Book club: ‘Spineless’ by Juli Berwald

“The story of jellyfish… is a significant part of the environmental story. Berwald’s engaging account of these delicate, often ignored creatures shows how much they matter to our ocean’s future” – New York Times

A bloom of moon jellyfish (Aurelia aurita)

If you were to write a list of the most interesting and important creatures in our oceans the humble jellyfish is unlikely to make it very far off the bottom, if you remembered to include it at all. But after reading this book, you’re likely to put these overlooked invertebrates much higher on your list. Through a unique combination of science and storytelling Berwald explores the lives of jellyfish like never before and shows that these translucent gelatinous creatures don’t need a backbone, or even a brain, to play an important role in our oceans. 

What really stands ‘Spineless’ apart from many other science books is a strong personal touch and in many ways it could also be considered a memoir. Living in landlocked Texas, taking care of her family and having never studied jellyfish, Berwald is an unlikely jellyfish champion. But after falling out of touch with the marine world the overlooked invertebrates become her unlikely route back towards her long lost passion. Over a number of years Berwald explores every avenue to learn as much about jellyfish, including; keeping them as pets, cooking and eating them, travelling the world to talk to researchers and attending scientific conferences discussing their future.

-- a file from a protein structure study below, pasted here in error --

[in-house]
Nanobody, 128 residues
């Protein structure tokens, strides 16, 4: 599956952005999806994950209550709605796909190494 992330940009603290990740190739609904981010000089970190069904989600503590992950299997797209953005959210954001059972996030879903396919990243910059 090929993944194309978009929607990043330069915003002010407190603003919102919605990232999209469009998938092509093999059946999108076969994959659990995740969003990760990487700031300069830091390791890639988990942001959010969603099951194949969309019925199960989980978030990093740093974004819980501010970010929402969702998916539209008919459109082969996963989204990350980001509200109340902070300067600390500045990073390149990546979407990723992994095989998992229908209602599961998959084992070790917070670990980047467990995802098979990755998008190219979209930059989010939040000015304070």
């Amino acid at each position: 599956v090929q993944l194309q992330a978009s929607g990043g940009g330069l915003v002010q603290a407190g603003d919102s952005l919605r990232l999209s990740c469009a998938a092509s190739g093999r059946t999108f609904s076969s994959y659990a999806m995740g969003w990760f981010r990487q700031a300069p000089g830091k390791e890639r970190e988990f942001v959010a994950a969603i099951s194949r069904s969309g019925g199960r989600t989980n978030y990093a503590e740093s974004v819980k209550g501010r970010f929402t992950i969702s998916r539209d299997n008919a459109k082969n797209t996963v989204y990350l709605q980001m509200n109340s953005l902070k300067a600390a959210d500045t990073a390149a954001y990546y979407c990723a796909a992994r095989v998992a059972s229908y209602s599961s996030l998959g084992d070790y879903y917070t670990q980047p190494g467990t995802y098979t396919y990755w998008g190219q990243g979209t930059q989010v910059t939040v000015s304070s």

A giant jellysih (Cyanea capillata)

This unorthodox approach from the author perfectly accentuates the jellyfish science included in the book. As the reader, you follows Berwald’s journey of discovery learning alongside her and experiencing her wonder as your own. During her jellyfish journey she learns about their simple but effective physiology, multiple life stages, surprising swimming abilities, striking diversity and how they are likely to fare in a rapidly changing ocean. As well as exploring the crucial ecological role they play in ocean ecosystems and why they can be more valuable to humanity that most people realise.

Overall, this book provides and entertaining and educational overview of jellyfish and stakes a case for why they are worth thinking about. After reading it you’ll probably never look at these floating sacks of jelly in the same way again.

This review is the sixteenth in our new Marine Madness Book Club! At the beginning of every month we will be releasing a new review of an ocean inspired book and encouraging you to let us know what you think in the comments and via social media. To find out more visit the Book Club page here.


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